Basically, Mysore yoga is Ashtanga yoga taught one-to-one in a group setting. Students turn up to do their own practice, (depending on their level) as taught by their teacher. Here at Wave Yoga Bristol we think it’s a great way to learn yoga. The focus and attention you get from your instructor means it’s arguably, the safest and most traditional way to learn. You go at your own pace! Great for beginners and is a great pathway practice to other forms of yoga.

Restorative Yoga

(a gentle restorative yoga class)

Restorative yoga is all about healing - the mind and body through. Made up of simple poses which can often be held for up to 5 minutes, fear not there are often a variety of props such as bolsters, pillows and straps to assist. Similar to yin yoga, but without a heavy emphasis on flexibility, great if you are looking to relax and release tension.

Jivamukti Yoga

(vigorous yoga)

Founded in 1984 by David Life and Sharon Gannon, Jivamukti means "liberation while living". Jivamukti is a physical, ethical, and spiritual practice, combining a vigorous yoga as exercise, in essence vinyasa yoga style practice with themed classes. It will often include chanting, music and scripture readings with adherence to five central tenets: shastra, bhakti, ahimsā, nāda, and dhyana. Jivamukti teachers encourage students to apply yogic philosophy to their daily life.

Vinyasa Flow

(vigorous yoga)

Flow’s are like stringing moves together seamlessly and in Vinyasa that’s exactly what your instructor will do. Flow from one pose to the next without stopping, that way students can come away with a good workout as well as a yoga experience. As a new yogi, it’s a good idea to get an understanding of poses before taking on a style like this which can move at a relatively fast pace. Vinyasa flow is relatively fluid and you may find that it is referred to as flow yoga, flow-style yoga, dynamic yoga or vinyasa flow. Nonetheless the style is heavily influenced by ashtanga yoga. Great practice for more advanced yogi.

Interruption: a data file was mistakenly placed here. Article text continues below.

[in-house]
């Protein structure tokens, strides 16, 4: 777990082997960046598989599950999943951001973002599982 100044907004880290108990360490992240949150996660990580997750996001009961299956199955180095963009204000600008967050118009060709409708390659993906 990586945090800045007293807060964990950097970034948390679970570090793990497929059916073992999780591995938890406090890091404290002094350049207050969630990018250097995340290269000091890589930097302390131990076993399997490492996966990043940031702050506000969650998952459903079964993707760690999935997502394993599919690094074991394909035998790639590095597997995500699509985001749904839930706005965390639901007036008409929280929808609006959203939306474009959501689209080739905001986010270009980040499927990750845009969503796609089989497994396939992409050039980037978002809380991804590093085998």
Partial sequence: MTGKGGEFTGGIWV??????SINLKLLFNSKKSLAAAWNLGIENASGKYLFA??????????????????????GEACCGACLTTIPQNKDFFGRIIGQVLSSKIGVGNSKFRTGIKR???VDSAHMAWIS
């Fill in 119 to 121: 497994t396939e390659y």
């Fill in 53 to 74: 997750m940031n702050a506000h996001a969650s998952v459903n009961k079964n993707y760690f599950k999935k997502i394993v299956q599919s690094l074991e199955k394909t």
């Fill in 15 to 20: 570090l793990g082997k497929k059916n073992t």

Bikram Yoga

(vigorous yoga)

Bikram yoga made famous by Bikram Choudhry in the 1970’s. If you like to sweat and enjoy working out in the heat then this is for you. But it’s not for the faint hearted, the practice is designed as a sequence of 26 yoga poses to stretch and strengthen the muscles in a room heated to 105 °F with a humidity of 40%, intended to replicate the climate of India. All the while cleansing the organs of the body, the humidity facilitating the release of toxins.

Kundalini Yoga

(a gentle yoga class)

Kundalini yoga, In Hinduism - Kundalini is a form of divine feminine energy believed to be located at the base of the spine. It is believed that Kundalini yoga can awaken this energy. Kundalini yoga classes include meditation, breathing techniques such as alternate nostril breathing and chanting.

Compared with other forms of yoga, Kundalini yoga is a more spiritual practice. It still involves physical movements, but they aren't the primary focus. 

Lyengar Yoga

(vigorous yoga)

Iyengar yoga and ashtanga yoga come from the same roots – the teachers who developed them (BKS Iyengar and Pattabhi Jois) were both taught by Tirumalai Krishnamacharya. Many of the asanas are the same, but the approach a little different.

Iyengar yoga focusses on learning the subtleties of correct alignment. Similarly to restorative yoga, Props – help beginners get into poses. You may also hear the term Anusara yoga associated with Iyengar, it is simply a more modern form of Iyengar yoga.

Hopefully this gives you a brief insight into the different forms of yoga and how Wave Yoga Bristol can potentially help you in the future.